The writing tight-rope

Here’s something that I believe: the best stories are written from the heart.  But what does that mean?

tight rope 1Statements like that are tricky generalisations.  Do I mean that writers should always have an important message to deliver?  No, and no again.  Save me from fictional lectures, please.  That’s a blog post for another week.

What I mean by heart are stories that are rounded in the way that E.M. Forster said good main characters should be.  To read them is to exist within their reality , and when I’m writing, that’s what I aim to achieve.

Transporting someone into my fictional world is a tall order, so like most other writers, I’m always looking for the best way to do that. One method most of us try at some point is to draw from our life experiences: it fits with the principle of “writing what we know”.

Sounds simple, doesn’t it?  Well Hilary Mantel’s take on this is worth considering:

I have sat, at moments of purest heartbreak, in mental agony, and put my thoughts on paper, and then I have taken those thoughts and allocated them to one of my characters, largely for comic effect.

The heart, she seems to be saying, should not always translate directly onto the publictight rope page.

I take the warning.  I’ve dusted off an old diary and am seeing for myself that feelings at their purest, or rawest, tend to generate ‘purple’ prose, or poetry, with plenty of comic potential.  At the time it was a form of therapy, now it’s something I could transform: I can see segments that would help to round-out my imaginative writing.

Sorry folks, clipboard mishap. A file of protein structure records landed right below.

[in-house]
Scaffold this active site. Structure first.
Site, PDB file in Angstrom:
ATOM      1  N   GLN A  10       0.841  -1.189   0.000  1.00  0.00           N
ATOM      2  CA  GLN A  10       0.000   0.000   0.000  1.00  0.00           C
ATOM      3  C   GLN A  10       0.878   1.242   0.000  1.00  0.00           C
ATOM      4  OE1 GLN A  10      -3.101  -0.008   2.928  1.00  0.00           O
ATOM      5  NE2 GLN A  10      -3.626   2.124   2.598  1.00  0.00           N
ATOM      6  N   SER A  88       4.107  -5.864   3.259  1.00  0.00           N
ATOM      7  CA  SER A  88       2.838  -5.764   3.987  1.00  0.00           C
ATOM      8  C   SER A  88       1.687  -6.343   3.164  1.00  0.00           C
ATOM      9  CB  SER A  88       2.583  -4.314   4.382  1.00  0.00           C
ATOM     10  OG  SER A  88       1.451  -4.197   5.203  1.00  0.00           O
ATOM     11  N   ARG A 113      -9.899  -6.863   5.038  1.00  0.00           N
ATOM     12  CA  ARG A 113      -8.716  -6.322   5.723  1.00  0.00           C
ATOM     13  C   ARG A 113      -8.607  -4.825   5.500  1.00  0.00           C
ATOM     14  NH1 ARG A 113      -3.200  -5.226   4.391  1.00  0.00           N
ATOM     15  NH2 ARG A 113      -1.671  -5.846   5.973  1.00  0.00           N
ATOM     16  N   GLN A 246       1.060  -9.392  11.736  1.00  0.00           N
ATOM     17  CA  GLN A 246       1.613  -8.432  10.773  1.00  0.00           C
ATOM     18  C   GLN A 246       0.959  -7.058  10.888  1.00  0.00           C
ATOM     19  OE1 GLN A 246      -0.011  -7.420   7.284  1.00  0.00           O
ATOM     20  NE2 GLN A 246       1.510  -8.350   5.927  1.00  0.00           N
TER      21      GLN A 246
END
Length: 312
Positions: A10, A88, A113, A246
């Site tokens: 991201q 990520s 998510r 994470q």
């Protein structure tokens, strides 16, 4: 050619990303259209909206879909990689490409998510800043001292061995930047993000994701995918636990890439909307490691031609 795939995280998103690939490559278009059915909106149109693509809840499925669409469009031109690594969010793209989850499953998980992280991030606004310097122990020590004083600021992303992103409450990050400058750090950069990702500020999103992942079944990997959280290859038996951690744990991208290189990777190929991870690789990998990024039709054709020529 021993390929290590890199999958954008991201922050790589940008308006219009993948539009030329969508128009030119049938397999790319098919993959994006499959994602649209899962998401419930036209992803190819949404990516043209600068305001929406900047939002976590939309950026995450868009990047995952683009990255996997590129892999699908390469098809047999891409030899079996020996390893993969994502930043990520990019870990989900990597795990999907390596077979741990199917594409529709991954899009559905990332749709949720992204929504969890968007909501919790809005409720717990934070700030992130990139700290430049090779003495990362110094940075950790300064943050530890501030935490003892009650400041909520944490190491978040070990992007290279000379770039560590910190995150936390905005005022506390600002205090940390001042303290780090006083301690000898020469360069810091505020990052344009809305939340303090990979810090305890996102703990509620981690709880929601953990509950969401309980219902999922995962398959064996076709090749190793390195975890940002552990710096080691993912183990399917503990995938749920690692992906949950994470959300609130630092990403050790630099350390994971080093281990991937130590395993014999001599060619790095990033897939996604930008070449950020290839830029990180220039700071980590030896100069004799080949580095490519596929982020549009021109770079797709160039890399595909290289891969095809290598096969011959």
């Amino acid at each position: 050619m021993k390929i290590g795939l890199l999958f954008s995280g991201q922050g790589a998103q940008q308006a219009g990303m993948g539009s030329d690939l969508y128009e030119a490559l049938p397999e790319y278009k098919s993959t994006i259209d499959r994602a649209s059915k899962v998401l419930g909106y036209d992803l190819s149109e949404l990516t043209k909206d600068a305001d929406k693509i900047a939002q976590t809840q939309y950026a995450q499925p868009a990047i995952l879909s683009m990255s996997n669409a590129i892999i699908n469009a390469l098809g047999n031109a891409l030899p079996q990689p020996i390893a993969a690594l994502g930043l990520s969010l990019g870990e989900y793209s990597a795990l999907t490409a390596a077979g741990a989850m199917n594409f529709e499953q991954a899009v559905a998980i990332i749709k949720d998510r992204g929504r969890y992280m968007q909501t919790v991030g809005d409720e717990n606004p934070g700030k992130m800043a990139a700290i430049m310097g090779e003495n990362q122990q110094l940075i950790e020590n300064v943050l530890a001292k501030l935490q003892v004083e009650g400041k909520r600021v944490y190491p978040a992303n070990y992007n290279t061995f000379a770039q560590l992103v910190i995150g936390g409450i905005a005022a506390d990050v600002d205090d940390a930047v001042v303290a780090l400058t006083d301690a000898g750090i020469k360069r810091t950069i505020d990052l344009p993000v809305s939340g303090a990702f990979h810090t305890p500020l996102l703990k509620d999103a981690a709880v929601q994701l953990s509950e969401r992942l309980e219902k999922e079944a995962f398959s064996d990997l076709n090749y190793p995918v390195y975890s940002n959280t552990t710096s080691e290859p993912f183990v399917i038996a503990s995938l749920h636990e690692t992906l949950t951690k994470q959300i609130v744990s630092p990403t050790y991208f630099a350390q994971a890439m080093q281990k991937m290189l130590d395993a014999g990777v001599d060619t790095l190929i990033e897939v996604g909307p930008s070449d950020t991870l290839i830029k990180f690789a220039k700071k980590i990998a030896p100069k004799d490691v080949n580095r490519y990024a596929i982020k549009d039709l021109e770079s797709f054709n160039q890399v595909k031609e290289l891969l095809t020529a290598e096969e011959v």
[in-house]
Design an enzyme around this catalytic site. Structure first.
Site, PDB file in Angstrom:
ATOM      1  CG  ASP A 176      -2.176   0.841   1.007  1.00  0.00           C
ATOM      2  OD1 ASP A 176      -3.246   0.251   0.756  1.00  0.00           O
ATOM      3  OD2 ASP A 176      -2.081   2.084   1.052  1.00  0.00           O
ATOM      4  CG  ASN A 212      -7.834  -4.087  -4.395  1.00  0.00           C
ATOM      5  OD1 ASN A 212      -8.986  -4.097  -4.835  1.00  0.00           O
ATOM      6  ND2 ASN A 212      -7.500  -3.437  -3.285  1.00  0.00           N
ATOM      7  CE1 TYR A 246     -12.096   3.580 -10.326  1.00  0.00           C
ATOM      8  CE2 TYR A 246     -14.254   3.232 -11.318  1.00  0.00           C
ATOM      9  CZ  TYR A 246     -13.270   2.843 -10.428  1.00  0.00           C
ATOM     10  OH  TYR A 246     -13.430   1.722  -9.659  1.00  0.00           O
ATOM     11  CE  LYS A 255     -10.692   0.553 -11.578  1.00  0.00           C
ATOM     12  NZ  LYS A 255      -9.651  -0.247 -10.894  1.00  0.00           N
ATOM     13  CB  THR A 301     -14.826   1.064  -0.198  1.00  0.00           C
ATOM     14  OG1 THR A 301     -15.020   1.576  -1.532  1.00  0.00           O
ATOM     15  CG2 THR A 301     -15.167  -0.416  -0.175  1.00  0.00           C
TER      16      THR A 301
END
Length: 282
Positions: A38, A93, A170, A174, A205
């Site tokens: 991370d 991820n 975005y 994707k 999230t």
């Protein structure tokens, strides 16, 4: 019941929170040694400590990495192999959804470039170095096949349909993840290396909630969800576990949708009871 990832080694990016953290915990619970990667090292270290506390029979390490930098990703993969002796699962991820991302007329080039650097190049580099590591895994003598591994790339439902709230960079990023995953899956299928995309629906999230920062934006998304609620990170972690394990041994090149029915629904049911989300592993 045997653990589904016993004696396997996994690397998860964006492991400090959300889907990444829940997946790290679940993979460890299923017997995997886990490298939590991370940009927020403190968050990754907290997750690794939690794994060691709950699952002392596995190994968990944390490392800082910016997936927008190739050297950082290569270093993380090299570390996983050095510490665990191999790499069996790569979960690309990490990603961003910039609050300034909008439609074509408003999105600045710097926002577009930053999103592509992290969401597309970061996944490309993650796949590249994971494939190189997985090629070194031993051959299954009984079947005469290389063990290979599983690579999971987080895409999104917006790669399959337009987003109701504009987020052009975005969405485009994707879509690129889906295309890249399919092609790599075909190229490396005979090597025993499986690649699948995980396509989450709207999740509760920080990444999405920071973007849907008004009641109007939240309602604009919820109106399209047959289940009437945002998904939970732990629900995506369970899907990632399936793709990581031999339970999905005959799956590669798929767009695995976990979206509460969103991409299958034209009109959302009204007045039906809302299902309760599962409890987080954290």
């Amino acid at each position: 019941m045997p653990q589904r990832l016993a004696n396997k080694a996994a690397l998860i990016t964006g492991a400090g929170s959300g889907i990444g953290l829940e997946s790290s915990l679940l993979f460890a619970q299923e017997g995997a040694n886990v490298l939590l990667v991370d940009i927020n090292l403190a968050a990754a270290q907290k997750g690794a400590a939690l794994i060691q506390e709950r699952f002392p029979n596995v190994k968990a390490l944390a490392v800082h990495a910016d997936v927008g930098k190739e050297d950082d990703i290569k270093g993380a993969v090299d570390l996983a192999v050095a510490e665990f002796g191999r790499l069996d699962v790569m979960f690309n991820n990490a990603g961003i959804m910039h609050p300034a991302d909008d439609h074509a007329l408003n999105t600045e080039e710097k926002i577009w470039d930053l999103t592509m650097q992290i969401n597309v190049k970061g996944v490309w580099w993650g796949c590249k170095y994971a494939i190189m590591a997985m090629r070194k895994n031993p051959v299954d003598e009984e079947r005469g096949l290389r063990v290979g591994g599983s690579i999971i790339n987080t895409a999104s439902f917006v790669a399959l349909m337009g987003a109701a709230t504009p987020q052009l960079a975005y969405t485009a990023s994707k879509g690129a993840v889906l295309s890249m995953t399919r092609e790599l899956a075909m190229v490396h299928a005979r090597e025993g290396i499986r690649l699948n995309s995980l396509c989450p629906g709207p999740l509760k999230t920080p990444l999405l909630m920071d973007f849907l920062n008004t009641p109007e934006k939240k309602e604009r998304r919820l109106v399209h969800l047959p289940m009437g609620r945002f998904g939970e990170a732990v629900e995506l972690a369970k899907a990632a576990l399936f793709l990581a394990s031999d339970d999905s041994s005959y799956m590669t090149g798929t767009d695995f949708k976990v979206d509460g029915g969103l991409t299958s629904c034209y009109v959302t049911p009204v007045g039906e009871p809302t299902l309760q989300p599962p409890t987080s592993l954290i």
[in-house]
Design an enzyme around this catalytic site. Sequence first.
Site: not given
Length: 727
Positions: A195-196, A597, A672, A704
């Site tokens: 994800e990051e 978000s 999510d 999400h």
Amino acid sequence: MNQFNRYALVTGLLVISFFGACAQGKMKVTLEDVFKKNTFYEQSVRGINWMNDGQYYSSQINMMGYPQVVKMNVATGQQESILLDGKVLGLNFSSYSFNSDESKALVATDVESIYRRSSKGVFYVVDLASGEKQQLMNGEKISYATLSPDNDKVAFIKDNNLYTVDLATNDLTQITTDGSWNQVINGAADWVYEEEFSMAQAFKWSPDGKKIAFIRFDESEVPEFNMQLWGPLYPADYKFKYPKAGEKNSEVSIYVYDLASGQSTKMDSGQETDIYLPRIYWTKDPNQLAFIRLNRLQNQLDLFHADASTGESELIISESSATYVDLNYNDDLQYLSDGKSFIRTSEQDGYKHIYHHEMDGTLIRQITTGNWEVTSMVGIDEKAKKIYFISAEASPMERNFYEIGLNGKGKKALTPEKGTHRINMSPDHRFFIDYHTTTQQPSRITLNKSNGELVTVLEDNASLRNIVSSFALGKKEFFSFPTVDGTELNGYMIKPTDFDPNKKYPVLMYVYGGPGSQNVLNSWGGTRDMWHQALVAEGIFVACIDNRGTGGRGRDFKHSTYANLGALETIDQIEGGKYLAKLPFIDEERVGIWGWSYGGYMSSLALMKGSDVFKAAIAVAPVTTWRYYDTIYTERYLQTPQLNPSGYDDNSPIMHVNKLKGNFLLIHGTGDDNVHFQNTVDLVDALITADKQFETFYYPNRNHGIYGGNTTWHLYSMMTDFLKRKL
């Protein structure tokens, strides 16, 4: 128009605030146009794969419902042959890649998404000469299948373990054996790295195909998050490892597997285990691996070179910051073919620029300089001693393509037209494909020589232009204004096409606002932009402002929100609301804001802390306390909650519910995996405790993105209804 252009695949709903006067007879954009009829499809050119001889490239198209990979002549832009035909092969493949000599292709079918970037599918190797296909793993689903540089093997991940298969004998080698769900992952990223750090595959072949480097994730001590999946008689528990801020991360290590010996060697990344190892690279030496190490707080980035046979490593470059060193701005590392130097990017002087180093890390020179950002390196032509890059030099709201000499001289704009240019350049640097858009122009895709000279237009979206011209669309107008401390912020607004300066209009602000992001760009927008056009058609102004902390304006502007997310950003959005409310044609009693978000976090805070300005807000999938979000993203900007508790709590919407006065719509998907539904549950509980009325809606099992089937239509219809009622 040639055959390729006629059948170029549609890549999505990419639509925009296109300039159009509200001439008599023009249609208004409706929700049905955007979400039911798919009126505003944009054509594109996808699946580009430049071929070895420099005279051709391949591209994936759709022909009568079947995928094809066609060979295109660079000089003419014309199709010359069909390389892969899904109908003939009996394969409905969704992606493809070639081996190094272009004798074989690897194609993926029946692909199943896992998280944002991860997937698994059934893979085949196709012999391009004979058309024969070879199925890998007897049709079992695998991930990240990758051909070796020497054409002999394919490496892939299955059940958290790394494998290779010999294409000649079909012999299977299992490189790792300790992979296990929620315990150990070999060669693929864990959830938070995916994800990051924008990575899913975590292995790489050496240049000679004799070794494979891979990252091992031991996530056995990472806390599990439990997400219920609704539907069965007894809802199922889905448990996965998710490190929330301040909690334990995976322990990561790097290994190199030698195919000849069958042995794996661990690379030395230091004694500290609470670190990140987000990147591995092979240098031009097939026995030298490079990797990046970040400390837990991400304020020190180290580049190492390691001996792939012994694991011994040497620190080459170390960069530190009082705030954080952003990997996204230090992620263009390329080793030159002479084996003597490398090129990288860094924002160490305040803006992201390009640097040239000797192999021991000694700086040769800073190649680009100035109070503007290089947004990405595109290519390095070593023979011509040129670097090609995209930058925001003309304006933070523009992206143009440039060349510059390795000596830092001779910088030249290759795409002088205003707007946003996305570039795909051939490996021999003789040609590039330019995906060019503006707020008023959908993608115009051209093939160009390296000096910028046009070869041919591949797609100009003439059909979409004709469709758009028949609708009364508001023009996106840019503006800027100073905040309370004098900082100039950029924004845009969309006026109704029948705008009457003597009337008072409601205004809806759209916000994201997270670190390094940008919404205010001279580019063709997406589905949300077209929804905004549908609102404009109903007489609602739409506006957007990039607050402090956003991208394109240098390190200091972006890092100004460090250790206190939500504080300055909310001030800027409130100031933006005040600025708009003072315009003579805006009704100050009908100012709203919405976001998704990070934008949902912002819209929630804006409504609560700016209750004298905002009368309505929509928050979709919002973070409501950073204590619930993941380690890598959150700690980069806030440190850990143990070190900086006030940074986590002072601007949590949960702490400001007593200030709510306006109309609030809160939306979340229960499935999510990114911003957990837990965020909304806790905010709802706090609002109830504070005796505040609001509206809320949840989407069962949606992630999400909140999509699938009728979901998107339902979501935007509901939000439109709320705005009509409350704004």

It’s good to think that some of that energy might be used constructively after all.






4 thoughts on “The writing tight-rope

  1. As a bloke I am often considered to have a very narrow emotional vocabulary. When I do attempt to express feelings on paper I find that the prose comes out purple, just as you report in your old diaries, Cath. Pieces that I have written years ago are cringe-making today. Perhaps putting them into a comical setting would reduce that effect. A common reaction to my everyday utterances is that I make light of everything and try to make a joke of it all – consequently I am often not taken seriously.
    If deep feelings are made comic does the reader still share the emotional angst? Do they see through the comedy to the weeping clown beneath the make-up?
    Do you trust your readers to do that? Or do you write for yourself and hope the readers get it?

    Thanks for the post Cath – I enjoyed it and I really don’t expect answers to all the questions 🙂

    (By the way, E M Forster is a great source to quote ….. I am tempted to link Dave Kingsbury’s recent email problems to one of Forster’s short stories, but that would be a bit too much like nagging – so I won’t.)


    • As a big fan of Mary Poppins, I advocate a spoonful of sugar as the best way to disguise all metaphoric medicines, and opt for comedy where ever possible. As to the rest, so long as they enjoy the read, should we worry if your reader takes away a different message?


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